CA 2 416 950 A1 discloses a material for the manufacture of parts and tools for use at elevated temperature, comprising an iron-based alloy comprising C, Si, Mn, Cr, Ni and N in certain concentrations. The alloy is cold formed to a hardness of at least 230 HB.
However, there remain two problems with such Fe-based alloys. First, the wear resistance of these Fe-based alloys is still inferior to Ni-based alloys with WC. To get close to those properties, the base alloy must use expensive alloying elements such as W, Nb or add large quantities of WC particles. These alloying elements increase the price and make the material very hard (more than 65 HRC), which poses additional processing and application problems with cracking. Secondly, the Fe-based materials do not have a good corrosion resistance, like that of Ni based alloys, particularly in mixed corrosion environments. Object of the invention
It is therefore an object of the invention to provide an alternative material of lower cost that is suitable to produce parts or coatings having a high wear and also high chemical resistance.
The object is achieved by a material comprising an alloy containing 13 to 16 percent by weight nickel (Ni), 13.5 to 16.5 percent by weight of chromium (Cr), 0.5 to 3 percent by weight of molybdenum (Mo), 3.5 to 4.5 percent by weight of silicon (Si), 3.5 to 4 percent by weight of boron (B), 1.5 to 2.1 percent by weight of carbon ( C) and 0.2 to 0.5 percent by weight of copper (Cu), balance iron (Fe).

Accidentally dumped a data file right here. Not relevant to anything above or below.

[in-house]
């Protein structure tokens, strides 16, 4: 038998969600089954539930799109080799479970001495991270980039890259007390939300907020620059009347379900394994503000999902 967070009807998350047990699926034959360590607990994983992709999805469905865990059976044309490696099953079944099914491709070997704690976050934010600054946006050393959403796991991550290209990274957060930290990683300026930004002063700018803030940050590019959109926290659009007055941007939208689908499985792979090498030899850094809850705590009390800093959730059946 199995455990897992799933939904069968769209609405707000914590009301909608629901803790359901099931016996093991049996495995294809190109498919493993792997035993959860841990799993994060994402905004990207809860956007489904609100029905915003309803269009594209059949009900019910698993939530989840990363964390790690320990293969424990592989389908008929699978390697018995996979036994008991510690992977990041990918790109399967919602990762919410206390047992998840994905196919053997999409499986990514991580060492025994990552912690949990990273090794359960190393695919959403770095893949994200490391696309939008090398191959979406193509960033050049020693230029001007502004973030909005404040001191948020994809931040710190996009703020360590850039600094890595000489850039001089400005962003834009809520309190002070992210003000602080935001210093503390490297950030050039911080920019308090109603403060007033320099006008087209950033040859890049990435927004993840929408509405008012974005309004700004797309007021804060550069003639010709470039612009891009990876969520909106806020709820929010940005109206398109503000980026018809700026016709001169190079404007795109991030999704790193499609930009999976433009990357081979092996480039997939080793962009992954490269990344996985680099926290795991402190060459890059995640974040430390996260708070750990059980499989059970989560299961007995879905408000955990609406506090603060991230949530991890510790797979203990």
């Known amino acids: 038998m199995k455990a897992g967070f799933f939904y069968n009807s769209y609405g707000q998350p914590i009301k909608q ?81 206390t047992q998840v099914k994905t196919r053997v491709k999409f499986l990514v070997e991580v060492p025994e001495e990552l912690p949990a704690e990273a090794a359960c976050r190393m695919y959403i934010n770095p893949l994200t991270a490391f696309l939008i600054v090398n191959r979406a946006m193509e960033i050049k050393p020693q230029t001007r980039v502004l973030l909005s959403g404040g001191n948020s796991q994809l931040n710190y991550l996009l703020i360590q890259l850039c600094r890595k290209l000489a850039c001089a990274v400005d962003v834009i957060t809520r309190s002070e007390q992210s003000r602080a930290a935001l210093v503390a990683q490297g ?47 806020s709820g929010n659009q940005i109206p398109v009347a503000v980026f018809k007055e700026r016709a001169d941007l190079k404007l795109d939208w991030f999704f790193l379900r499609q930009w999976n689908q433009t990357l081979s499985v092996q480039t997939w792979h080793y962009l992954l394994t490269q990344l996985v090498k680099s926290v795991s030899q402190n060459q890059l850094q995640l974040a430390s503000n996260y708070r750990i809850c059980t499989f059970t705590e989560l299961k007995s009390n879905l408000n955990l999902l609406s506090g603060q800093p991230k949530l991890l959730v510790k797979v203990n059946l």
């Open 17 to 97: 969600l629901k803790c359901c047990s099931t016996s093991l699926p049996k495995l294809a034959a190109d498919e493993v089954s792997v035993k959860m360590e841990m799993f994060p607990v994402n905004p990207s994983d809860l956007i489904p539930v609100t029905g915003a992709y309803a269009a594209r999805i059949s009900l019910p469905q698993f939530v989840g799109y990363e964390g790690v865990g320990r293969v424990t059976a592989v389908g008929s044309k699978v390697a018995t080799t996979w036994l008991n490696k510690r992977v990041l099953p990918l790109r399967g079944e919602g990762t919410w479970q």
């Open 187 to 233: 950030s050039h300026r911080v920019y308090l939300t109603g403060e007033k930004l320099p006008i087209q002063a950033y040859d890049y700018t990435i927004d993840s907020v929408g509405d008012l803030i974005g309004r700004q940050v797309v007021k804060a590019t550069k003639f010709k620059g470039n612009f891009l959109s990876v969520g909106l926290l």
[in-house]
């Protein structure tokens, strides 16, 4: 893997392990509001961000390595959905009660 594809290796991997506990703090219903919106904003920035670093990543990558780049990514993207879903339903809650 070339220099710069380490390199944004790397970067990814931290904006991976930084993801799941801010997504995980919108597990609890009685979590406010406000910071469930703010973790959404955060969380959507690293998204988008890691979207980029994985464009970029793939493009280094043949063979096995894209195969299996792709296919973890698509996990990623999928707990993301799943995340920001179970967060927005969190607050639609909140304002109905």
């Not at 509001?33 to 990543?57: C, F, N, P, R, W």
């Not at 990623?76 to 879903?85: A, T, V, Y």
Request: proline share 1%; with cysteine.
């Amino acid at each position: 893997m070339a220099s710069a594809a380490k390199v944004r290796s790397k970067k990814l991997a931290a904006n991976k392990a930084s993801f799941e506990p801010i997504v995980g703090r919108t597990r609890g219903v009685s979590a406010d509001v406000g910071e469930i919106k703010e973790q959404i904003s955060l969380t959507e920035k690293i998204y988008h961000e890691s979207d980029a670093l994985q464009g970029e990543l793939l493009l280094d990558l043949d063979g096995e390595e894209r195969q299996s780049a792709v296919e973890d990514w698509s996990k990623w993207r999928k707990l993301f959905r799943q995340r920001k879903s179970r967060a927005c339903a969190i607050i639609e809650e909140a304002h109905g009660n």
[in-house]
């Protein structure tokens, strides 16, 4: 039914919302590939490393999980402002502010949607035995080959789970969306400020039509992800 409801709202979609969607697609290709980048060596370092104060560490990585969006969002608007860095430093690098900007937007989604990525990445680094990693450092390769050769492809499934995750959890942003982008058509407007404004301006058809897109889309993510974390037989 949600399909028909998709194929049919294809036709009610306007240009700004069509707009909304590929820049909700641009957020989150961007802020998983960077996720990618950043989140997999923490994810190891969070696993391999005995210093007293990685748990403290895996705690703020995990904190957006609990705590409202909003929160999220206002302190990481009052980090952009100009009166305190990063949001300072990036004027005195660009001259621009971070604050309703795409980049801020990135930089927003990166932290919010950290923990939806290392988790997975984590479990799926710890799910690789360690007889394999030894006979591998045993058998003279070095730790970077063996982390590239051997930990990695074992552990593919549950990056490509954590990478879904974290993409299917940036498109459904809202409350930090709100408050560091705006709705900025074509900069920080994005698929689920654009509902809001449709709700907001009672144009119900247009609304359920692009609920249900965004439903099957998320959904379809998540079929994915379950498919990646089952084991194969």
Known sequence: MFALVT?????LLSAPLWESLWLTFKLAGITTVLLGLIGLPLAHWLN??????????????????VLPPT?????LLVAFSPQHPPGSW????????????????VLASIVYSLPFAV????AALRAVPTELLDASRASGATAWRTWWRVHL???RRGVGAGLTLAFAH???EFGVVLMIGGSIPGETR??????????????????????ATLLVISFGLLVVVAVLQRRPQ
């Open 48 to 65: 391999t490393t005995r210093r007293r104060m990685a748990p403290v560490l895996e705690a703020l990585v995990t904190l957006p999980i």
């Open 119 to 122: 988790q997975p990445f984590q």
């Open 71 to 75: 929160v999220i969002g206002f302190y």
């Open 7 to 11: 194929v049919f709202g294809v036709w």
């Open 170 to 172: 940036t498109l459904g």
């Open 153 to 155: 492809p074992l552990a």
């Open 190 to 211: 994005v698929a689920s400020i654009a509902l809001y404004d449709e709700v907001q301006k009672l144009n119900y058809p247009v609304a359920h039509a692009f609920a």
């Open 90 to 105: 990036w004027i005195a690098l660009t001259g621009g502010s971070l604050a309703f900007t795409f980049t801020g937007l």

It was found that such iron based alloys with C, B, Cr, Ni, Si and Mo exhibit high wear and surprisingly high chemical resistance.
The material comprises an iron based alloy with the further components C, B, Cr, Ni, Si and Mo. The material includes the pure alloy and coatings with a composition of the alloy.
The alloy contains only C, B, Cr, Ni, Si and Mo as major components besides the main component Fe. Generally the alloy contains traces or minor amounts of other elements, which are generally common impurities. Less preferred, the alloy may contain other elements in concentrations, which do not alter its chemical behavior significantly. Such optional additives are named accompanying elements.